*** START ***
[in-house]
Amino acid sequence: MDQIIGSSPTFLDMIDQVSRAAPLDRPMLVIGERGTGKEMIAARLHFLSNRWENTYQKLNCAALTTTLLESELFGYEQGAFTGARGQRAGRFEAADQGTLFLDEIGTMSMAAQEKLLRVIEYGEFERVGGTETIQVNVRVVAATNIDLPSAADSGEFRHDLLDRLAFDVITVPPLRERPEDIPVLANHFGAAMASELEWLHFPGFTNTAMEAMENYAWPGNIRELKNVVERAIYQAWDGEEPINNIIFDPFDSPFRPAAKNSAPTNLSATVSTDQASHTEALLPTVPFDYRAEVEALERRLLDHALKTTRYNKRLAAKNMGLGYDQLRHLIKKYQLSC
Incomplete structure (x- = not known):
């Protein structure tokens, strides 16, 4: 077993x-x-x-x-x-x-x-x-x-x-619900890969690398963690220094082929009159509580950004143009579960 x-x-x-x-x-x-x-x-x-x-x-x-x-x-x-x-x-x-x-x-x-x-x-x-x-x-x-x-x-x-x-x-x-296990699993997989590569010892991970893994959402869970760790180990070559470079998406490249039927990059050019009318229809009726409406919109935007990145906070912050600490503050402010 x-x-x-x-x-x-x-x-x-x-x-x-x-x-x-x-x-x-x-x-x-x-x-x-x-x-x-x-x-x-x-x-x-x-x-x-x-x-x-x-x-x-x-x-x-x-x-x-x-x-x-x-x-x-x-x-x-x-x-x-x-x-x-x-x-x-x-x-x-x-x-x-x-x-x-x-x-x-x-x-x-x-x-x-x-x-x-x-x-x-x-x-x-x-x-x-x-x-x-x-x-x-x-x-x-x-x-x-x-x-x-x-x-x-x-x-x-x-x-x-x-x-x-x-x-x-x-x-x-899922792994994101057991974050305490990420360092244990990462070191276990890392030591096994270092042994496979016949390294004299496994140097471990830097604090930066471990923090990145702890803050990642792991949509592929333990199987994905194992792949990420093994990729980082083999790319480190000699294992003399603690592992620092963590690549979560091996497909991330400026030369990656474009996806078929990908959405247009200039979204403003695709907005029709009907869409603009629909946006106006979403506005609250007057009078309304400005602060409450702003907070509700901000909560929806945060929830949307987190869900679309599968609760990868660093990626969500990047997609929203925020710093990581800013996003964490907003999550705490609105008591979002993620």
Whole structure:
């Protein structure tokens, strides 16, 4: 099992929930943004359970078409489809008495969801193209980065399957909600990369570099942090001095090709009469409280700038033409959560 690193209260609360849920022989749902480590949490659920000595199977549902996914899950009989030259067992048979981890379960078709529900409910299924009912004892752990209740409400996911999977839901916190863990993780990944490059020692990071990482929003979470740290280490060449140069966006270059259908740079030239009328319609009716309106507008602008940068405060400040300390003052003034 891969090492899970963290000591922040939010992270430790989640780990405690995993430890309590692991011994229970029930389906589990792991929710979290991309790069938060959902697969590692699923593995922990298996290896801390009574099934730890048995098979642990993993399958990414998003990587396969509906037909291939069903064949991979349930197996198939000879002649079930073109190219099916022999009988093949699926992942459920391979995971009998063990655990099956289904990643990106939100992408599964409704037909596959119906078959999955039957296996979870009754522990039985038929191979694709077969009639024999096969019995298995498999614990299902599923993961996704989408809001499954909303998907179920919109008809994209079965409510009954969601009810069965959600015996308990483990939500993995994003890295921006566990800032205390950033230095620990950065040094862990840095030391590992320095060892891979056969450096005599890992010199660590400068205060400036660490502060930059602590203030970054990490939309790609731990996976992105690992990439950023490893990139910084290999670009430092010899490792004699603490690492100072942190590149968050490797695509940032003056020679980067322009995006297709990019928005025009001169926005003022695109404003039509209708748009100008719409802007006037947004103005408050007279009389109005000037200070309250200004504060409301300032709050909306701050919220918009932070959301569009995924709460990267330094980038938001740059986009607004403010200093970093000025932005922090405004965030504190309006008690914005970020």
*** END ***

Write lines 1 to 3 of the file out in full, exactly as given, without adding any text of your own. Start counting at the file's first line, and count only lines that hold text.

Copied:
[in-house]
Amino acid sequence: MDQIIGSSPTFLDMIDQVSRAAPLDRPMLVIGERGTGKEMIAARLHFLSNRWENTYQKLNCAALTTTLLESELFGYEQGAFTGARGQRAGRFEAADQGTLFLDEIGTMSMAAQEKLLRVIEYGEFERVGGTETIQVNVRVVAATNIDLPSAADSGEFRHDLLDRLAFDVITVPPLRERPEDIPVLANHFGAAMASELEWLHFPGFTNTAMEAMENYAWPGNIRELKNVVERAIYQAWDGEEPINNIIFDPFDSPFRPAAKNSAPTNLSATVSTDQASHTEALLPTVPFDYRAEVEALERRLLDHALKTTRYNKRLAAKNMGLGYDQLRHLIKKYQLSC
Incomplete structure (x- = not known):